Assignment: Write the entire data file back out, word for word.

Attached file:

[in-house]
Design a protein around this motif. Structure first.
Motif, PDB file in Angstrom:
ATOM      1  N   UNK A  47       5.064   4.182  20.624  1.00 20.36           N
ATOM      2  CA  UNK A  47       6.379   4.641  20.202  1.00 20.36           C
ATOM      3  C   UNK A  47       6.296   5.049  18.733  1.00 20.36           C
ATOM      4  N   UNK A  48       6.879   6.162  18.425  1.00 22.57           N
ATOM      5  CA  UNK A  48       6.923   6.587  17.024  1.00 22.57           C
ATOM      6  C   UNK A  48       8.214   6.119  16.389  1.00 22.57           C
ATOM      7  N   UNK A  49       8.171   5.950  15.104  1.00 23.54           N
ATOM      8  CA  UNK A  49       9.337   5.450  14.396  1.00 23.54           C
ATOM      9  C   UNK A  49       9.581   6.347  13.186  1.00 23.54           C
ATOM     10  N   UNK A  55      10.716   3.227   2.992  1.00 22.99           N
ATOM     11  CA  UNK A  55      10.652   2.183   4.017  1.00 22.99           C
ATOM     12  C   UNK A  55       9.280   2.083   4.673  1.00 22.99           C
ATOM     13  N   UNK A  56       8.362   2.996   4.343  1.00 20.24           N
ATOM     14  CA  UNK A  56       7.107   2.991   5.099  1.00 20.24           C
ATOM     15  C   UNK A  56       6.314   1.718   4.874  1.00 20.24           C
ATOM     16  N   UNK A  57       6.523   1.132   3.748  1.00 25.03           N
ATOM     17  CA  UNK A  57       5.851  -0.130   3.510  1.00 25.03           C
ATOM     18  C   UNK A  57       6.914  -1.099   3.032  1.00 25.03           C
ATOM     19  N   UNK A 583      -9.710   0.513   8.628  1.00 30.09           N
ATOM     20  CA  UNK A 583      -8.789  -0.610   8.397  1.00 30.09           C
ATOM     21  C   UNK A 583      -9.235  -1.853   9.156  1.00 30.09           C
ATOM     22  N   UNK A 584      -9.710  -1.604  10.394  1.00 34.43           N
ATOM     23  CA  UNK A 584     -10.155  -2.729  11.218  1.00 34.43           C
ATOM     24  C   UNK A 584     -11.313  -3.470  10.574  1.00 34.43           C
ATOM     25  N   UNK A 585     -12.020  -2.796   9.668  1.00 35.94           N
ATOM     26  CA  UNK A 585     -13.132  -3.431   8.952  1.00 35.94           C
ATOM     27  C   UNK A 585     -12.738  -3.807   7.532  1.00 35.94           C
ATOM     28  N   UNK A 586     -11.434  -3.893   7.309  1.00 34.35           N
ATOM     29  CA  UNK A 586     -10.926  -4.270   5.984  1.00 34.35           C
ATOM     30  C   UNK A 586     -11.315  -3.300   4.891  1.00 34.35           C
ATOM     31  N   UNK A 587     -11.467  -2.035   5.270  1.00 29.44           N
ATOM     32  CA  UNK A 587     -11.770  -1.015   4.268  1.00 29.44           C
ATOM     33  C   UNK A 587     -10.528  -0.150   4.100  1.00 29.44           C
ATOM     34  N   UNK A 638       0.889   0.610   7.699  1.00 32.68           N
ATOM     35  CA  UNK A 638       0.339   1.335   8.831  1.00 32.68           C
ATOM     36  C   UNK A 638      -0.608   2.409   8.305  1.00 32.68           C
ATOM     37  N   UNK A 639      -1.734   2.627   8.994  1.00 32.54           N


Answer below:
[in-house]
Design a protein around this motif. Structure first.
Motif, PDB file in Angstrom:
ATOM      1  N   UNK A  47       5.064   4.182  20.624  1.00 20.36           N
ATOM      2  CA  UNK A  47       6.379   4.641  20.202  1.00 20.36           C
ATOM      3  C   UNK A  47       6.296   5.049  18.733  1.00 20.36           C
ATOM      4  N   UNK A  48       6.879   6.162  18.425  1.00 22.57           N
ATOM      5  CA  UNK A  48       6.923   6.587  17.024  1.00 22.57           C
ATOM      6  C   UNK A  48       8.214   6.119  16.389  1.00 22.57           C
ATOM      7  N   UNK A  49       8.171   5.950  15.104  1.00 23.54           N
ATOM      8  CA  UNK A  49       9.337   5.450  14.396  1.00 23.54           C
ATOM      9  C   UNK A  49       9.581   6.347  13.186  1.00 23.54           C
ATOM     10  N   UNK A  55      10.716   3.227   2.992  1.00 22.99           N
ATOM     11  CA  UNK A  55      10.652   2.183   4.017  1.00 22.99           C
ATOM     12  C   UNK A  55       9.280   2.083   4.673  1.00 22.99           C
ATOM     13  N   UNK A  56       8.362   2.996   4.343  1.00 20.24           N
ATOM     14  CA  UNK A  56       7.107   2.991   5.099  1.00 20.24           C
ATOM     15  C   UNK A  56       6.314   1.718   4.874  1.00 20.24           C
ATOM     16  N   UNK A  57       6.523   1.132   3.748  1.00 25.03           N
ATOM     17  CA  UNK A  57       5.851  -0.130   3.510  1.00 25.03           C
ATOM     18  C   UNK A  57       6.914  -1.099   3.032  1.00 25.03           C
ATOM     19  N   UNK A 583      -9.710   0.513   8.628  1.00 30.09           N
ATOM     20  CA  UNK A 583      -8.789  -0.610   8.397  1.00 30.09           C
ATOM     21  C   UNK A 583      -9.235  -1.853   9.156  1.00 30.09           C
ATOM     22  N   UNK A 584      -9.710  -1.604  10.394  1.00 34.43           N
ATOM     23  CA  UNK A 584     -10.155  -2.729  11.218  1.00 34.43           C
ATOM     24  C   UNK A 584     -11.313  -3.470  10.574  1.00 34.43           C
ATOM     25  N   UNK A 585     -12.020  -2.796   9.668  1.00 35.94           N
ATOM     26  CA  UNK A 585     -13.132  -3.431   8.952  1.00 35.94           C
ATOM     27  C   UNK A 585     -12.738  -3.807   7.532  1.00 35.94           C
ATOM     28  N   UNK A 586     -11.434  -3.893   7.309  1.00 34.35           N
ATOM     29  CA  UNK A 586     -10.926  -4.270   5.984  1.00 34.35           C
ATOM     30  C   UNK A 586     -11.315  -3.300   4.891  1.00 34.35           C
ATOM     31  N   UNK A 587     -11.467  -2.035   5.270  1.00 29.44           N
ATOM     32  CA  UNK A 587     -11.770  -1.015   4.268  1.00 29.44           C
ATOM     33  C   UNK A 587     -10.528  -0.150   4.100  1.00 29.44           C
ATOM     34  N   UNK A 638       0.889   0.610   7.699  1.00 32.68           N
ATOM     35  CA  UNK A 638       0.339   1.335   8.831  1.00 32.68           C
ATOM     36  C   UNK A 638      -0.608   2.409   8.305  1.00 32.68           C
ATOM     37  N   UNK A 639      -1.734   2.627   8.994  1.00 32.54           N